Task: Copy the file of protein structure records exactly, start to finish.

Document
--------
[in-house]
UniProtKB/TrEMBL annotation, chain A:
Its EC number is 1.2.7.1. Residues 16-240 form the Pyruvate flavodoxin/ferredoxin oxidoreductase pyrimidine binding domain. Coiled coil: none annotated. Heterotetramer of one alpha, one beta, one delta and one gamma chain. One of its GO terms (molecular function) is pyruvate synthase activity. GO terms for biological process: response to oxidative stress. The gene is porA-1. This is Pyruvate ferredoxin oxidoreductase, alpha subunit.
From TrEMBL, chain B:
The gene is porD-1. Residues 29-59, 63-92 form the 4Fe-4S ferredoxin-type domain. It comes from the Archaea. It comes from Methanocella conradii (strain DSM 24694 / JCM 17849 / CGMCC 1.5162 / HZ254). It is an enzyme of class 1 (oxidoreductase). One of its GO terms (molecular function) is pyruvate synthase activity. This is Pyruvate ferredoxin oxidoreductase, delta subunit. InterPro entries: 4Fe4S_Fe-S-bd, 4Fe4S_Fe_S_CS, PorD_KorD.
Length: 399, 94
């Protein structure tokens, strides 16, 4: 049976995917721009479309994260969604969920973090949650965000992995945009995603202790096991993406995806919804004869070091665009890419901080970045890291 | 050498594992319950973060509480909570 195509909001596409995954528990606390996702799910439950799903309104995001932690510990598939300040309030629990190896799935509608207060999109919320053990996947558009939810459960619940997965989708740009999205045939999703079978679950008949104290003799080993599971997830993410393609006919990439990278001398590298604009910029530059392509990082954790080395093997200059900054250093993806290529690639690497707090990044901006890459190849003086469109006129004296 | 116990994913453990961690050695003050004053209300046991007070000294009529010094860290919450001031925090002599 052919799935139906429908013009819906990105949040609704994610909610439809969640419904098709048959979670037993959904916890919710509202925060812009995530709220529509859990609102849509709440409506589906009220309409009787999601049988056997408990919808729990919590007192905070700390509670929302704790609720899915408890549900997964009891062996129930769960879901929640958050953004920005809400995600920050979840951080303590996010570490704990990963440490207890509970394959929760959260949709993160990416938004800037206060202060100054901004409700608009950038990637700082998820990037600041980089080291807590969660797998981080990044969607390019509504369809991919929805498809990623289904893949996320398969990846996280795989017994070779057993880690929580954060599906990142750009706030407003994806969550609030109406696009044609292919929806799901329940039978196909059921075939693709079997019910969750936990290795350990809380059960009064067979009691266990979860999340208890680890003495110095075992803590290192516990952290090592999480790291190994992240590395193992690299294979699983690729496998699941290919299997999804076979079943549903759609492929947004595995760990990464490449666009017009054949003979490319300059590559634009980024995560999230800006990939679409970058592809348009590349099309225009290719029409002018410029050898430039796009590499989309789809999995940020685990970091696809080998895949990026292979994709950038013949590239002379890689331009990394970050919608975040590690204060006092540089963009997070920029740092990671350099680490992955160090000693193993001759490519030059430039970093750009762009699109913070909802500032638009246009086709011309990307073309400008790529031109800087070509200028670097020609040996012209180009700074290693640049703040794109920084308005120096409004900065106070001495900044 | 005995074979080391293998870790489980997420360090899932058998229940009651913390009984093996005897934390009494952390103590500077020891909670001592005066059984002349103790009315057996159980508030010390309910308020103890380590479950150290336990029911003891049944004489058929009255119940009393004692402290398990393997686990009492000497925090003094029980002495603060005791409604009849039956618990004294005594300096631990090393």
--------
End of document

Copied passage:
[in-house]
UniProtKB/TrEMBL annotation, chain A:
Its EC number is 1.2.7.1. Residues 16-240 form the Pyruvate flavodoxin/ferredoxin oxidoreductase pyrimidine binding domain. Coiled coil: none annotated. Heterotetramer of one alpha, one beta, one delta and one gamma chain. One of its GO terms (molecular function) is pyruvate synthase activity. GO terms for biological process: response to oxidative stress. The gene is porA-1. This is Pyruvate ferredoxin oxidoreductase, alpha subunit.
From TrEMBL, chain B:
The gene is porD-1. Residues 29-59, 63-92 form the 4Fe-4S ferredoxin-type domain. It comes from the Archaea. It comes from Methanocella conradii (strain DSM 24694 / JCM 17849 / CGMCC 1.5162 / HZ254). It is an enzyme of class 1 (oxidoreductase). One of its GO terms (molecular function) is pyruvate synthase activity. This is Pyruvate ferredoxin oxidoreductase, delta subunit. InterPro entries: 4Fe4S_Fe-S-bd, 4Fe4S_Fe_S_CS, PorD_KorD.
Length: 399, 94
């Protein structure tokens, strides 16, 4: 049976995917721009479309994260969604969920973090949650965000992995945009995603202790096991993406995806919804004869070091665009890419901080970045890291 | 050498594992319950973060509480909570 195509909001596409995954528990606390996702799910439950799903309104995001932690510990598939300040309030629990190896799935509608207060999109919320053990996947558009939810459960619940997965989708740009999205045939999703079978679950008949104290003799080993599971997830993410393609006919990439990278001398590298604009910029530059392509990082954790080395093997200059900054250093993806290529690639690497707090990044901006890459190849003086469109006129004296 | 116990994913453990961690050695003050004053209300046991007070000294009529010094860290919450001031925090002599 052919799935139906429908013009819906990105949040609704994610909610439809969640419904098709048959979670037993959904916890919710509202925060812009995530709220529509859990609102849509709440409506589906009220309409009787999601049988056997408990919808729990919590007192905070700390509670929302704790609720899915408890549900997964009891062996129930769960879901929640958050953004920005809400995600920050979840951080303590996010570490704990990963440490207890509970394959929760959260949709993160990416938004800037206060202060100054901004409700608009950038990637700082998820990037600041980089080291807590969660797998981080990044969607390019509504369809991919929805498809990623289904893949996320398969990846996280795989017994070779057993880690929580954060599906990142750009706030407003994806969550609030109406696009044609292919929806799901329940039978196909059921075939693709079997019910969750936990290795350990809380059960009064067979009691266990979860999340208890680890003495110095075992803590290192516990952290090592999480790291190994992240590395193992690299294979699983690729496998699941290919299997999804076979079943549903759609492929947004595995760990990464490449666009017009054949003979490319300059590559634009980024995560999230800006990939679409970058592809348009590349099309225009290719029409002018410029050898430039796009590499989309789809999995940020685990970091696809080998895949990026292979994709950038013949590239002379890689331009990394970050919608975040590690204060006092540089963009997070920029740092990671350099680490992955160090000693193993001759490519030059430039970093750009762009699109913070909802500032638009246009086709011309990307073309400008790529031109800087070509200028670097020609040996012209180009700074290693640049703040794109920084308005120096409004900065106070001495900044 | 005995074979080391293998870790489980997420360090899932058998229940009651913390009984093996005897934390009494952390103590500077020891909670001592005066059984002349103790009315057996159980508030010390309910308020103890380590479950150290336990029911003891049944004489058929009255119940009393004692402290398990393997686990009492000497925090003094029980002495603060005791409604009849039956618990004294005594300096631990090393």